Tank Top Dreams and Gout


Tank top from Pattern Master Boutique. No Darts. Mistake was that I put two backs together.

I had some great summer sewing plans, but as sometimes  happens life gets in the way. More about that below.

Using Pattern Master Boutique, I wanted to perfect the fit of a tank top and also test other tank top patterns I had. I had been so inspired by the Sorbetto Top  This top is free to download if you want to experiment .

I drafted a tank top, with no darts and a curved  hem. After doing this I learned that when you draft a tank top in PMB the bust darts are rotated to the armhole. My major complaint with most tank top patterns and ready to wear tank tops are baggy armholes.  With the tank above, I should’ve realized I wasn’t feeling well enough to sew. I actually sewed two backs together.  I didn’t realize it till I I tried it on and couldn’t get it over my head. I just took a pair of scissors and scooped the neckline out.  I used the gathering foot at the armhole and neckline to ease out the excess fabric.  I did this with all of the tank tops on the armholes. Both of these were made using my Bernina 830E for the main construction.

Great to use for easing larger amount of fabric to a smaller area

The  photo was before the hem. I used a rolled hem on my Babylock Evolve Wave for the hem because it was fast and easy. I also love using the thicker decorative threads I have in the looper.

Rolled hem with Babylock Evolve and Superior Brand Halo thread in upper and lower loopers

I used self made bias for the armholes and neck

Betty Boop tank. Drafted using Pattern Master Boutique v5


Rolled Hem with YLI Designer 6 Rayon in upper and lower looper on Babylock Evolve Wave

The final tank top I made was from Kwik Sew 3254. I made this one the traditional way with regular neck and armhole facings. I only had to gather the armholes a bit with the gathering foot.   For the neck and arm facings, I referred to Louise Cuttings video on perfectly smooth facings and as you can see, they look pretty darn professional.  I got my newly repaired Pfaff 2034 back from repair and it ran like a champ.

Kwik Sew 3254. Used Louise Cutting method with the facings.

As I am writing this, it is October 1, 2012. It’s supposed to get up into the 90’s today in Santa Cruz. I had these completed just in time.


The next few paragraphs I’m going to speak about my experience with a severe episode of gout. If you are only here for the sewing stuff, stop reading now.

Gout is a type of arthritis that consists of uric acid crystals in the blood that congregate by a foot joint. In the past it was thought to be a ‘Kings Disease’ from eating rich foods. My Rheumatologist assures me though, that it happens to all kinds of people. It is extremely painful and caused swelling of the involved joints.

In 2007 I came down with my first gout attack. It lasted about 7 days and was controlled with Indocin a non steroid anti-inflammatory medication. On and off since then, I’ve had some minor attacks, always responding to NSAID‘s and not lasting a very long time.  In the  second week of July  2012, I came down with a pretty bad flu.  The week after that while the flu was gone my right foot became very painful, red and swollen. In the past the gout had attacked my left foot and was always located in the big toe. This time, the whole area by my toes was swollen and the pain was excruciating. NSAIDS were ineffective in relieving the pain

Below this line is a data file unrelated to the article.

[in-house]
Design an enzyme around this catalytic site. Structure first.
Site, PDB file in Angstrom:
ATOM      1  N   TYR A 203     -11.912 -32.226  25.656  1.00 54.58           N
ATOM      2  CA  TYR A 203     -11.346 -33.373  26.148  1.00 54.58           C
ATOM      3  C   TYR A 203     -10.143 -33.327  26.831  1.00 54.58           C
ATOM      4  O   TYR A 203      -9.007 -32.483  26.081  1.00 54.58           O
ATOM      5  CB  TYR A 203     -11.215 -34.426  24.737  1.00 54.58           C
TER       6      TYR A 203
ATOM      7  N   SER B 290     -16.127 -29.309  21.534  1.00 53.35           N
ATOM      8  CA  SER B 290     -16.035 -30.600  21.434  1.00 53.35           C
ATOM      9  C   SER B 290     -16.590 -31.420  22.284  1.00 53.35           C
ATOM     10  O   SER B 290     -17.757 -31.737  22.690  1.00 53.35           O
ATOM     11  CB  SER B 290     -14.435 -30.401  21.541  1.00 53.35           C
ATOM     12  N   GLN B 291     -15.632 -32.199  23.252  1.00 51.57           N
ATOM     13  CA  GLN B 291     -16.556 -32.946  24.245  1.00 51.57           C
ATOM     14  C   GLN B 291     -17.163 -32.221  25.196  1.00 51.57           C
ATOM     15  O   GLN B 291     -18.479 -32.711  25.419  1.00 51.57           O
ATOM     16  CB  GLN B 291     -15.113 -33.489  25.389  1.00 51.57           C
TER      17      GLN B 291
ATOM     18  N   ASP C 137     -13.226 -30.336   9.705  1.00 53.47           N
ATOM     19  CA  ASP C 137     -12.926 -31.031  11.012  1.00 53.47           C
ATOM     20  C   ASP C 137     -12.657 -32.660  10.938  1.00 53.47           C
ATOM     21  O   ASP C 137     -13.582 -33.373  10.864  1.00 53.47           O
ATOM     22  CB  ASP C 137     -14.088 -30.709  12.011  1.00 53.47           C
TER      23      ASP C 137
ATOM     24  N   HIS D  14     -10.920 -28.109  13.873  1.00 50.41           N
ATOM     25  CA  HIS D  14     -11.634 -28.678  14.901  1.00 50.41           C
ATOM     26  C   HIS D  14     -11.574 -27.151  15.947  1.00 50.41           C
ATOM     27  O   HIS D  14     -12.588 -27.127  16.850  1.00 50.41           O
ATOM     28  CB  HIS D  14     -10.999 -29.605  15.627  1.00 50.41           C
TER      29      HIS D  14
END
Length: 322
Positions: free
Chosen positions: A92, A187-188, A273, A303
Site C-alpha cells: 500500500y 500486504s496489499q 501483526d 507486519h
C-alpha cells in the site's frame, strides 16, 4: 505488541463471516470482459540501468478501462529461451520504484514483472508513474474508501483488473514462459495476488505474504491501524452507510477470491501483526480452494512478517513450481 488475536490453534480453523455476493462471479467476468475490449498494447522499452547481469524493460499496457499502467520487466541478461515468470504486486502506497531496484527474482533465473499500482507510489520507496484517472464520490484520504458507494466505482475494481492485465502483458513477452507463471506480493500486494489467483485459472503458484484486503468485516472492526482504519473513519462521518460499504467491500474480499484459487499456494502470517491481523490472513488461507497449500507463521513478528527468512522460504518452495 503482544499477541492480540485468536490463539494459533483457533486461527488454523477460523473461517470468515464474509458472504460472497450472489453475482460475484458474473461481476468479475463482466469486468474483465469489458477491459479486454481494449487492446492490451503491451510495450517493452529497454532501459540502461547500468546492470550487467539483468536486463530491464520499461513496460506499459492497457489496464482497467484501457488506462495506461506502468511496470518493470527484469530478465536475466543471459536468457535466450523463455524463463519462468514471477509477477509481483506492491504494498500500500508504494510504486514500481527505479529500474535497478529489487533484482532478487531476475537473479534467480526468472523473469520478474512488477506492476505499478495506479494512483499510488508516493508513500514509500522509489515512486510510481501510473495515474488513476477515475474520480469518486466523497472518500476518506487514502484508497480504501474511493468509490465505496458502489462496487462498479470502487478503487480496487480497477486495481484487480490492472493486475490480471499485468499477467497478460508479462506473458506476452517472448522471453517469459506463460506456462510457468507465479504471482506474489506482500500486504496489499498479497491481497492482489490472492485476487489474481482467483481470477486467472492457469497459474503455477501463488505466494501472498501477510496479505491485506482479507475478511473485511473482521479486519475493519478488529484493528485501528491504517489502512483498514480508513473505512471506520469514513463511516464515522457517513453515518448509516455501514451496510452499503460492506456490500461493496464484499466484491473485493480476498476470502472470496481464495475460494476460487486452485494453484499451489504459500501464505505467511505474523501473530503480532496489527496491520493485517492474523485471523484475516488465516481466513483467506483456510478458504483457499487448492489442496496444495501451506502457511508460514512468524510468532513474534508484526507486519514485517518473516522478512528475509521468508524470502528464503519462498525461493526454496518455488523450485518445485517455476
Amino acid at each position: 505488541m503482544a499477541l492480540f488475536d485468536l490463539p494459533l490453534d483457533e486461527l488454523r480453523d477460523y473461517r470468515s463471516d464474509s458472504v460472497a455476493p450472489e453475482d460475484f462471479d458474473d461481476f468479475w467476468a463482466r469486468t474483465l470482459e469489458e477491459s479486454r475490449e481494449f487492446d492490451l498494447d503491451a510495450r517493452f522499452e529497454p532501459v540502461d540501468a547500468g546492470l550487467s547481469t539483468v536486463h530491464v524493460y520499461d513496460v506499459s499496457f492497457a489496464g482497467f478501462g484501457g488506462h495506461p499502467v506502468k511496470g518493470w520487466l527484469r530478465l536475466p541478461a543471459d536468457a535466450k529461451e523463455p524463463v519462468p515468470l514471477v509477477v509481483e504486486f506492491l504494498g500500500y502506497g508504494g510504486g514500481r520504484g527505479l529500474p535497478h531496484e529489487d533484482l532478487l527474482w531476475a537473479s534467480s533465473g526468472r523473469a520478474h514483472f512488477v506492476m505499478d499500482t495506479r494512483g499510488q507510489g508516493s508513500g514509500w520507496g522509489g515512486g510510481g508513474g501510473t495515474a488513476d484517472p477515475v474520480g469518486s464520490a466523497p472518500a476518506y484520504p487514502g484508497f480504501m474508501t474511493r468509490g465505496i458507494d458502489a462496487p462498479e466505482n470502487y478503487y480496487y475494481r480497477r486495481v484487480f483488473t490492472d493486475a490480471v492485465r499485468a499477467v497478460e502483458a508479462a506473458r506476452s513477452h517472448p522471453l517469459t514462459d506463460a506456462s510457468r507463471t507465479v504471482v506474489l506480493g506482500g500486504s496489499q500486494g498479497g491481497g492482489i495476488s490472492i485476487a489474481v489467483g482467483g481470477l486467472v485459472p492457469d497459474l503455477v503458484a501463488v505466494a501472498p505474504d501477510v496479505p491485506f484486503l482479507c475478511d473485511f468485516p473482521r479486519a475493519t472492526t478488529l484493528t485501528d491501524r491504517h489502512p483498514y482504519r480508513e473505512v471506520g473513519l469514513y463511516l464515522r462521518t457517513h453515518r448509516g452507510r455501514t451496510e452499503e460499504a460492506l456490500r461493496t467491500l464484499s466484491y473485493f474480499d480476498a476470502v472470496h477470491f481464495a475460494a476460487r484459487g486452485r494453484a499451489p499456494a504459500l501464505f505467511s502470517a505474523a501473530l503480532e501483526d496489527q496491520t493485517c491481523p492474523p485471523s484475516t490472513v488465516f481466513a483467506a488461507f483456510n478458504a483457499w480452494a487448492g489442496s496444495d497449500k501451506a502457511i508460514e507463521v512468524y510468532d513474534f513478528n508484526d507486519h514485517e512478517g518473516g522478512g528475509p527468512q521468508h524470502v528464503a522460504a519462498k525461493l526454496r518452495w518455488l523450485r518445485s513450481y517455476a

Went for X-Rays and even after 2 courses of steroids, these symptoms continued. It would get a little better during the highest doses of the steroids and then come back with a vengeance.  This lasted 2 months. Finally, I’m happy to say that it is subsiding. It had been so bad, I couldn’t even wear shoes.  This gout will now be controlled by Allopurinol 300 mg daily and a diet low in purines.

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Vogue 1291 Sandra Betzina’s Todays Fit


Vogue 1291 Sandra Betzina's Todays Fit

These blouses are wonderful. I fell in love with the pattern and ordered it immediately. I have a few pieces of rayon and silk with wonderful drape and I thought this would be the perfect pattern for them. As per usual when I make a pattern, I scour Pattern Review so I can see how others have interpreted this pattern. First there was the lovely Bernie Gee who loved the pattern and as you can see, she looks so elegant in it. Here is her review of the pattern.   The beautiful Cenncetta of the Mahogany Stylist blog, also created this pattern.  I want to thank them both for the help with this pattern when I became confused. After thirty years of sewing, I couldn’t figure out how this went together.  The directions are well written with lots of hints and tips from Sandra.  In the middle of assembling this pattern, I did get sick. I also was distracted trying to make my pants sloper from Pattern Master Boutique.  Finally, I just put it away for a few weeks and went back to it. Something clicked and I was able to finish the wearable muslin.

The first blouse is made up in a stable knit with not a lot of stretch. It also has less drape then this blouse needed. It is wearable. The neckline can be tricky and Sandra gives some tips for making the neckline lay flat. In this instance, I stitched it to the neckline as Sandra instructs then topstitched the seam allowance to the body of the blouse. This seemed to snug up the neckline so the band would lay flat.

Wearable Muslin of Vogue 1291

The second blouse, I made out of a rib knit for the body and a very soft drape rayon for the sleeves.  This blouse was easy to assemble, but the neckline went bad. I probably should have used the rayon for the  neckline instead of the the knit. The neckline stretched out beyond repair. I tried the same treatment of stitching down the seam allowance but that only made it worse. Then I tried to turn the neckband to the inside like a facing and that was a mess also. I was honestly about to throw the whole thing in the garbage when I had an idea. I jacked the differential up in my Evolve and set it to a 2 thread overlock. I then shaved off the neckline with the band. I then folded the  neckline to the wrong side about 3/4 inch and threaded 1/2 inch elastic through it. I was able to live with that.